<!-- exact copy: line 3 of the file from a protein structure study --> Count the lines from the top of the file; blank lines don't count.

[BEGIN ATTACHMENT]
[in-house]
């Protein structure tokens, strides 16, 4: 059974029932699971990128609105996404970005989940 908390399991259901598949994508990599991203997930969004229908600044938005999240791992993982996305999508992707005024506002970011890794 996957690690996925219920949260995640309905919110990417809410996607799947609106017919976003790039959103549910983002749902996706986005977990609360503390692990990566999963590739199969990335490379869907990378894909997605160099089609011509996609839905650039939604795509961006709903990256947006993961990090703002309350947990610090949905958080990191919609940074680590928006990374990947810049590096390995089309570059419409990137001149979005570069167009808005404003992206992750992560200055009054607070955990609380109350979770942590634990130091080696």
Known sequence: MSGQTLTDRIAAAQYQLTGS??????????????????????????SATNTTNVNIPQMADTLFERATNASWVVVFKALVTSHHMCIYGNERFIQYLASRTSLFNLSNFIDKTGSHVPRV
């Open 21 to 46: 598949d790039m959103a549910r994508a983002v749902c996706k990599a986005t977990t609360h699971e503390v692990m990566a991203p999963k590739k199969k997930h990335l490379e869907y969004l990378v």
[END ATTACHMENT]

Known sequence: MSGQTLTDRIAAAQYQLTGS??????????????????????????SATNTTNVNIPQMADTLFERATNASWVVVFKALVTSHHMCIYGNERFIQYLASRTSLFNLSNFIDKTGSHVPRV